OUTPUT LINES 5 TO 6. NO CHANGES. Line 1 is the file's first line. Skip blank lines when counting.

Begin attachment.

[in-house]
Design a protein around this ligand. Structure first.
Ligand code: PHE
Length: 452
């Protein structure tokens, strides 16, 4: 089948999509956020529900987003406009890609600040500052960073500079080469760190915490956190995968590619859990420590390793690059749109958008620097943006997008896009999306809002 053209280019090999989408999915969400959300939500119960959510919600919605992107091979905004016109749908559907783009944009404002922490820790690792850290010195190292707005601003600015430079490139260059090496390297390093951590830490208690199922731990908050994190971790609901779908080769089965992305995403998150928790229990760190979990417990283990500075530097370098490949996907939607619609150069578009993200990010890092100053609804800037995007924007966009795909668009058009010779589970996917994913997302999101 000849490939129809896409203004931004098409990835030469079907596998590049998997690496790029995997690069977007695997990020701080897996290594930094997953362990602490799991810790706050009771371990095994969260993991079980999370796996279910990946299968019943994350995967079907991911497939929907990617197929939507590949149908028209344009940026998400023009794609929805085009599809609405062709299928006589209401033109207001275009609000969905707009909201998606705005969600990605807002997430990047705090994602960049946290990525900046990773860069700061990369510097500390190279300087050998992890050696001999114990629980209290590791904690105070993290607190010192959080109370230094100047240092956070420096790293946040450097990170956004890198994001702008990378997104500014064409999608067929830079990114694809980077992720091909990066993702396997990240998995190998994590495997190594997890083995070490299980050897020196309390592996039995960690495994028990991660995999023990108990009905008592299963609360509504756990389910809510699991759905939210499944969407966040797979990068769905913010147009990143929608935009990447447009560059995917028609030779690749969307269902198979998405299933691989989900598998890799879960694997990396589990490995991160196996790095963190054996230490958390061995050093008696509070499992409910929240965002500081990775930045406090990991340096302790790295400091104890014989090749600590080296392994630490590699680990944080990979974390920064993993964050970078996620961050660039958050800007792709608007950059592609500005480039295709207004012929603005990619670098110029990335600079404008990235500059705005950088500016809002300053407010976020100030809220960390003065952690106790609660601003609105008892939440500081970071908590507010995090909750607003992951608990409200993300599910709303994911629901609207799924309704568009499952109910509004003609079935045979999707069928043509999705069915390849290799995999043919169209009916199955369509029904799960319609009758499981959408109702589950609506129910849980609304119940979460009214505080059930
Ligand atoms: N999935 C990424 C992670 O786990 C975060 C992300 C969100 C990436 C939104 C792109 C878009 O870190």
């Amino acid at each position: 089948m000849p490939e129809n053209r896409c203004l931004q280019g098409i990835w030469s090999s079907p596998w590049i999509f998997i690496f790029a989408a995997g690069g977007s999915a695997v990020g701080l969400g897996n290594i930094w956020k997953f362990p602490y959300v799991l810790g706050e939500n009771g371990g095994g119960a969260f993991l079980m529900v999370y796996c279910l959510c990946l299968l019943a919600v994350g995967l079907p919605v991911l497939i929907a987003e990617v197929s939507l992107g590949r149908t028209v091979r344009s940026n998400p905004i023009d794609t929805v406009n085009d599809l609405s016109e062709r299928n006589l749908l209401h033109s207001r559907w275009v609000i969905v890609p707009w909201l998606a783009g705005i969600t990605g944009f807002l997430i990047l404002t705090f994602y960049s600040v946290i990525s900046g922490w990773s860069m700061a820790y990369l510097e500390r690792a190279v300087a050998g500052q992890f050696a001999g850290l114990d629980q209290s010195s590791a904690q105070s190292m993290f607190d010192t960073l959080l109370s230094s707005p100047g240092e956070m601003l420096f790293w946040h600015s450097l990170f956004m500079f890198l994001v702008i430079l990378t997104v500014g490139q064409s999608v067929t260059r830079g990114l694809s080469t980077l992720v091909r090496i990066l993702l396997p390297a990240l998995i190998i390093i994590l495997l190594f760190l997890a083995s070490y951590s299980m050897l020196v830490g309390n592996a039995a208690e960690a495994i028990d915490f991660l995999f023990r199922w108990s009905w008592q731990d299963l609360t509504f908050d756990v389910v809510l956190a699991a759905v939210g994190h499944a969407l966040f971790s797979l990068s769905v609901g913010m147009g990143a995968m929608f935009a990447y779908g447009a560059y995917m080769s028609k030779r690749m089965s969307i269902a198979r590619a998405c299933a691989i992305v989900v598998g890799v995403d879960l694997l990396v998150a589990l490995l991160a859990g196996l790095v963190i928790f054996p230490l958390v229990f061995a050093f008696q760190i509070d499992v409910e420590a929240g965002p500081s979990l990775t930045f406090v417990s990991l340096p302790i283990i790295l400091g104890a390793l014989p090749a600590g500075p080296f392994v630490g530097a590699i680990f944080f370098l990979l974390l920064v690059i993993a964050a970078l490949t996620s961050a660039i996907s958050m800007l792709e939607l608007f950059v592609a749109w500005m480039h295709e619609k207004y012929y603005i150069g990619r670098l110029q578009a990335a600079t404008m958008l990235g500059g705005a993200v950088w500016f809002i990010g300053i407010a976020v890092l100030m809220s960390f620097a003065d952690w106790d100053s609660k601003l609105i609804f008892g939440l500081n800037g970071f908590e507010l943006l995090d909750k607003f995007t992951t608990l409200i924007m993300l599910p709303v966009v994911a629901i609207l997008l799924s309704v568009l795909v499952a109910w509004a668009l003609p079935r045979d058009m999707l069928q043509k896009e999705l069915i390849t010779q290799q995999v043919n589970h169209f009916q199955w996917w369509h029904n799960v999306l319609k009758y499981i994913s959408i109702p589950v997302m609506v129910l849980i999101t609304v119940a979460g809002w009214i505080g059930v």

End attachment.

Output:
């Protein structure tokens, strides 16, 4: 089948999509956020529900987003406009890609600040500052960073500079080469760190915490956190995968590619859990420590390793690059749109958008620097943006997008896009999306809002 053209280019090999989408999915969400959300939500119960959510919600919605992107091979905004016109749908559907783009944009404002922490820790690792850290010195190292707005601003600015430079490139260059090496390297390093951590830490208690199922731990908050994190971790609901779908080769089965992305995403998150928790229990760190979990417990283990500075530097370098490949996907939607619609150069578009993200990010890092100053609804800037995007924007966009795909668009058009010779589970996917994913997302999101 000849490939129809896409203004931004098409990835030469079907596998590049998997690496790029995997690069977007695997990020701080897996290594930094997953362990602490799991810790706050009771371990095994969260993991079980999370796996279910990946299968019943994350995967079907991911497939929907990617197929939507590949149908028209344009940026998400023009794609929805085009599809609405062709299928006589209401033109207001275009609000969905707009909201998606705005969600990605807002997430990047705090994602960049946290990525900046990773860069700061990369510097500390190279300087050998992890050696001999114990629980209290590791904690105070993290607190010192959080109370230094100047240092956070420096790293946040450097990170956004890198994001702008990378997104500014064409999608067929830079990114694809980077992720091909990066993702396997990240998995190998994590495997190594997890083995070490299980050897020196309390592996039995960690495994028990991660995999023990108990009905008592299963609360509504756990389910809510699991759905939210499944969407966040797979990068769905913010147009990143929608935009990447447009560059995917028609030779690749969307269902198979998405299933691989989900598998890799879960694997990396589990490995991160196996790095963190054996230490958390061995050093008696509070499992409910929240965002500081990775930045406090990991340096302790790295400091104890014989090749600590080296392994630490590699680990944080990979974390920064993993964050970078996620961050660039958050800007792709608007950059592609500005480039295709207004012929603005990619670098110029990335600079404008990235500059705005950088500016809002300053407010976020100030809220960390003065952690106790609660601003609105008892939440500081970071908590507010995090909750607003992951608990409200993300599910709303994911629901609207799924309704568009499952109910509004003609079935045979999707069928043509999705069915390849290799995999043919169209009916199955369509029904799960319609009758499981959408109702589950609506129910849980609304119940979460009214505080059930
Ligand atoms: N999935 C990424 C992670 O786990 C975060 C992300 C969100 C990436 C939104 C792109 C878009 O870190």